During the tenure of Sir Alex Ferguson, the Scot has led Manchester United to 37 honours, has received personal accolades from Manager of the Month to Knighthood, and has been labelled one of the greatest managers of the Premier League era, if not the stand-alone candidate. The success of the club has seen them over-take even the once famous Liverpool.
But today, Sir Alex launched a four-letter attack on the FA claiming the club have been unfairly treated. For anyone who may have missed it;
So, the key quote I picked out from the interview was;
“Maybe they will realise how important we are to England instead of treating us like s***.”
So what does this mean? Is Sir Alex calling for preferential treatment? It certainly sounds that way – but, as the rest of the league may say, doesn’t he already?
This blog post will not be a balanced article of all things United, this isn’t an article about how the league are for or against United. This is 100% just me compiling a range of counter-arguments which dis-prove Sir Alex’s arguments. I.e, he thinks they ‘are treated like s***’, I’m going to show them getting the rub of the green.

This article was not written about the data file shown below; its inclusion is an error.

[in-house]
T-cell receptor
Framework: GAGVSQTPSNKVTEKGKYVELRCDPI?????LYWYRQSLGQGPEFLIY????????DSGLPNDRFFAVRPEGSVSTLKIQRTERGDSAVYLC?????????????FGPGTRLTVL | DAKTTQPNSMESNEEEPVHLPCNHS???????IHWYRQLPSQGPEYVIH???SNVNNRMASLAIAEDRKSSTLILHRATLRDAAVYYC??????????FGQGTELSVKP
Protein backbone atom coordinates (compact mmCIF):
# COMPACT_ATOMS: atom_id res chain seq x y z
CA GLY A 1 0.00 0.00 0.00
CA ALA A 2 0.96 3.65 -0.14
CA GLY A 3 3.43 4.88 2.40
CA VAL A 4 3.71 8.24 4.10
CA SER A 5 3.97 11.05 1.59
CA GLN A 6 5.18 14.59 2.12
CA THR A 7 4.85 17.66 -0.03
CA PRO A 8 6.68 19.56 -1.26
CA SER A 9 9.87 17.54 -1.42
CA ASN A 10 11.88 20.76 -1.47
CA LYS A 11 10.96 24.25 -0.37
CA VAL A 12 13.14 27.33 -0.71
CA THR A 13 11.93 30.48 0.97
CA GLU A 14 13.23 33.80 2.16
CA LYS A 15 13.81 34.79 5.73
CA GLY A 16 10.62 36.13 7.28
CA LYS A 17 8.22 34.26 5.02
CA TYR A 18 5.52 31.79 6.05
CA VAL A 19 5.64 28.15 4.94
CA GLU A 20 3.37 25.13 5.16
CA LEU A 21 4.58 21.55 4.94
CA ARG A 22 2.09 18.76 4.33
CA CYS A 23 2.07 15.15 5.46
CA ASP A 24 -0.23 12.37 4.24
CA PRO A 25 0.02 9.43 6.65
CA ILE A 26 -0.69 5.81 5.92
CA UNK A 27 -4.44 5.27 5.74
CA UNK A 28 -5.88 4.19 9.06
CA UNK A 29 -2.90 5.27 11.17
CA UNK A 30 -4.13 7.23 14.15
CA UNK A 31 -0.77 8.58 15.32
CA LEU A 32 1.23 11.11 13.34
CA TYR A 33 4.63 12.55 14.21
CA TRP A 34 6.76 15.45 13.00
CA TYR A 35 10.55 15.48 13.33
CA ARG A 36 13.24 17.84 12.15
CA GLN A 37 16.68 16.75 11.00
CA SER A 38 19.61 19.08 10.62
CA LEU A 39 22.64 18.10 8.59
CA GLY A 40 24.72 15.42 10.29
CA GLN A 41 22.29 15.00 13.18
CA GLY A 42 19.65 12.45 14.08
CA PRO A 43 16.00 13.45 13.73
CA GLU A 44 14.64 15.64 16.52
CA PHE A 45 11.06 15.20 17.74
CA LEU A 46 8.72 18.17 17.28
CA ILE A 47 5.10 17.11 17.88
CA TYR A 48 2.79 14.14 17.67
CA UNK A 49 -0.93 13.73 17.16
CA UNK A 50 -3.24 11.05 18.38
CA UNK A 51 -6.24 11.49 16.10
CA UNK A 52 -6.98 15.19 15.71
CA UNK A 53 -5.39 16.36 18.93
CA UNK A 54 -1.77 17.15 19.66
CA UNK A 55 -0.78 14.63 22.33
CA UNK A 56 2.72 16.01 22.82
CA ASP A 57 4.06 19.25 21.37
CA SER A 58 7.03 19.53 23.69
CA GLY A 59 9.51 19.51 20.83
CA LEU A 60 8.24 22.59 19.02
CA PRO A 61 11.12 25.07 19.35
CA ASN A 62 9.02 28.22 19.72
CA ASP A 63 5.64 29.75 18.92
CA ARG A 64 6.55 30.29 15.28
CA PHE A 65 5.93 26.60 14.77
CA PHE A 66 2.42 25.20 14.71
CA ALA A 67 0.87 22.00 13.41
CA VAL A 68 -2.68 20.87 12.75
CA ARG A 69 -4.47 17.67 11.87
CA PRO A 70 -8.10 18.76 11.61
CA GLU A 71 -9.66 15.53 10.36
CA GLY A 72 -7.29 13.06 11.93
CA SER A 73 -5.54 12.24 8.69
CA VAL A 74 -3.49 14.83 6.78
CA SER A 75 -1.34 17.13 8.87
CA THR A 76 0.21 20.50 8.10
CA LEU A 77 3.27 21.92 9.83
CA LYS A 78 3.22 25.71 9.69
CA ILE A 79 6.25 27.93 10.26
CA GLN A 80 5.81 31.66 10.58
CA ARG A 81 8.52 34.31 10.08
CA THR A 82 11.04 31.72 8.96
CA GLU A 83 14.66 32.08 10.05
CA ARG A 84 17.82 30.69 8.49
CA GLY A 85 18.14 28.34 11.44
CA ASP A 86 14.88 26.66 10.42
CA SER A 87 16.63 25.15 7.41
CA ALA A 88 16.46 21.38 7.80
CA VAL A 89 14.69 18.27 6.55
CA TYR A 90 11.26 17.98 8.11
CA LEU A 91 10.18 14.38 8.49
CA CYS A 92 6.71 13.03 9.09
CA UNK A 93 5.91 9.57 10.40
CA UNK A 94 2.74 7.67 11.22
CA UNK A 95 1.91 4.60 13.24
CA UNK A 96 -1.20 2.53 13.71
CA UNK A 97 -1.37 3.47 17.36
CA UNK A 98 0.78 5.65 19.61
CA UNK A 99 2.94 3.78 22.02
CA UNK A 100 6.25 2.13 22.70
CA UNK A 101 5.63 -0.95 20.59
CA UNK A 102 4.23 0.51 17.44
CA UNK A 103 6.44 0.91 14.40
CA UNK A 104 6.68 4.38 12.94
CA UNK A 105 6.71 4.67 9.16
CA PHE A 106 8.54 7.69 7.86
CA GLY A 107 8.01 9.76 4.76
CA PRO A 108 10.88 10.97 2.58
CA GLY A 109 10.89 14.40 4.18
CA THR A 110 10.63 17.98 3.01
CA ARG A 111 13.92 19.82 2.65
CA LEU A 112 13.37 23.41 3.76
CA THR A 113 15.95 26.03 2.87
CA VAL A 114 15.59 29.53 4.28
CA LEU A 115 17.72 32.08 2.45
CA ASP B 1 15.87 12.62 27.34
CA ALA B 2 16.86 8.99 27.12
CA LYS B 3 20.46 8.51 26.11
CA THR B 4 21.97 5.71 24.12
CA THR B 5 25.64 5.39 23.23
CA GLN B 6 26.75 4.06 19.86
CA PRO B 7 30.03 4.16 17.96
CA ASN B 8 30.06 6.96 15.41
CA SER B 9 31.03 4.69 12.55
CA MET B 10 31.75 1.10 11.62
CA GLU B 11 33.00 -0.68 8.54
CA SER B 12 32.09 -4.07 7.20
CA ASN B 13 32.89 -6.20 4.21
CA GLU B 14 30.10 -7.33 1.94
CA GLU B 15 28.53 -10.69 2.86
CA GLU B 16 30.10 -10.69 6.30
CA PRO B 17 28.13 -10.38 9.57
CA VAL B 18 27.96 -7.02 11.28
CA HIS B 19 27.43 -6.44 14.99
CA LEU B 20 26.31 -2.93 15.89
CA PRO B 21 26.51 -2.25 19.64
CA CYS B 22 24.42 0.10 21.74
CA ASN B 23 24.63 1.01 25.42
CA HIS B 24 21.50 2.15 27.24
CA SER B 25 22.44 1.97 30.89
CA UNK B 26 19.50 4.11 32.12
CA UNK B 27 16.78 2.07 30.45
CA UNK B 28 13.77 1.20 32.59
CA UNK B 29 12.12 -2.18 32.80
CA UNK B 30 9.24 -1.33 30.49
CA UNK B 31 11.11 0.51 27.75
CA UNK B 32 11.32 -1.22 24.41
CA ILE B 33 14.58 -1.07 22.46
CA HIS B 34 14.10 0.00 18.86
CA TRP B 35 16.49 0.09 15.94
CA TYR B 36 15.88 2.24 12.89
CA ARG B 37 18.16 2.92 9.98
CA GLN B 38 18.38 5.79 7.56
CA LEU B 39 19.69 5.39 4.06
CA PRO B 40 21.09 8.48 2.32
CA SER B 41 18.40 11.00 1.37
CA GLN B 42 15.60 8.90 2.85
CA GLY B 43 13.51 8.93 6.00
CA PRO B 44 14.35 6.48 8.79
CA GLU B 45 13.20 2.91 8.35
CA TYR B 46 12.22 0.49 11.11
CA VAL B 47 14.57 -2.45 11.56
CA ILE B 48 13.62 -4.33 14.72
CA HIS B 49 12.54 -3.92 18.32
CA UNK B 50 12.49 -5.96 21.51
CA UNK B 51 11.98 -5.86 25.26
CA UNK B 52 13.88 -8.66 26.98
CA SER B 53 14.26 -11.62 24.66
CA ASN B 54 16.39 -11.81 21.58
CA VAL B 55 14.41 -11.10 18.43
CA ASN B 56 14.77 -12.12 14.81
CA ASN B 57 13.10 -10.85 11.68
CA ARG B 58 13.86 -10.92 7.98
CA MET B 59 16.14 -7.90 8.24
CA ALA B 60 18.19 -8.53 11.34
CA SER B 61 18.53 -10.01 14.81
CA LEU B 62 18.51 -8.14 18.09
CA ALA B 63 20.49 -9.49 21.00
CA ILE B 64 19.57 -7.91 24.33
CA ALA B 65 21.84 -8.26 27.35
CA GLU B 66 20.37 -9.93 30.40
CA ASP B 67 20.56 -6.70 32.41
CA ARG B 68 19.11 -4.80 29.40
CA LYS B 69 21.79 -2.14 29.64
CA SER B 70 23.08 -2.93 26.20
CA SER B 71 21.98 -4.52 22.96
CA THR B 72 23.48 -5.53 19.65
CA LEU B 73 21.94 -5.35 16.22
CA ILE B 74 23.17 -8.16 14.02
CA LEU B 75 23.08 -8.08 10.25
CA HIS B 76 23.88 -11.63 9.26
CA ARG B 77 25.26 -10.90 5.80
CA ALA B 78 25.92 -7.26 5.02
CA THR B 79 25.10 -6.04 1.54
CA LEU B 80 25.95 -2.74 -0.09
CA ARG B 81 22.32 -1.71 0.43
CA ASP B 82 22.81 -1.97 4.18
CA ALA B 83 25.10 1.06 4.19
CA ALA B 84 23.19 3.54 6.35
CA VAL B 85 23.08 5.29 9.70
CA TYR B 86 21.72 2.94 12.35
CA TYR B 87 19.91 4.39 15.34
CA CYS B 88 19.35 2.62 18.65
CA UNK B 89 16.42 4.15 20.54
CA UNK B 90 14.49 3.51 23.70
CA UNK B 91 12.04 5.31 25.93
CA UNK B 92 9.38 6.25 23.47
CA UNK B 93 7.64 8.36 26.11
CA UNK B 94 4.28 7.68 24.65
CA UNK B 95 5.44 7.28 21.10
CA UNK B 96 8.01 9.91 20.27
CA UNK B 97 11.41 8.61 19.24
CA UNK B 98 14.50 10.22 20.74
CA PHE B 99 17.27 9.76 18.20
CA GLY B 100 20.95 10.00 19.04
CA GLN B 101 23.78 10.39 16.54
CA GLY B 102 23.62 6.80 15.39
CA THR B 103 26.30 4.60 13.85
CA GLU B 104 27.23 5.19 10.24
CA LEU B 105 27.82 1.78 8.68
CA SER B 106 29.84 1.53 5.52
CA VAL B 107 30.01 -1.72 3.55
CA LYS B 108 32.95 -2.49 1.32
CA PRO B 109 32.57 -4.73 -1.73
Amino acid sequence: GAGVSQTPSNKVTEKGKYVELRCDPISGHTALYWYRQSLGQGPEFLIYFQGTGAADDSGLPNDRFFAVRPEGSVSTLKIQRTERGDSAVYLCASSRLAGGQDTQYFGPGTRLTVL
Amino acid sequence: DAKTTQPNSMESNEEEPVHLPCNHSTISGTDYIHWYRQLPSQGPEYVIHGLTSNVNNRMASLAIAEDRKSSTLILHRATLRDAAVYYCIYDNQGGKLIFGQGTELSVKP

In my own opinion, I feel Manchester United have a habit of complaining when justice is served; i.e. The Wayne Rooney incident, swearing into the camera – People seemed to forget that Sky Sports pay Manchester United an excess of £40,000,000 a year, to show their games. Sky’s viewership on a weekend lunchtime is of all ages, and the aggressive nature of Mr Rooney’s actions were unacceptable for a pre-watershed audience. The FA would have been sanctioned by BSkyB, as part of the media contract, to warn players of behaviour on the pitch, and had the FA not punished Wayne Rooney, the FA would have been fined by Sky. Simple as that. Many argued “players swear on-screen all the time” – Yes, they do, but never at the camera, never directed at the viewers. That’s the fundamental difference.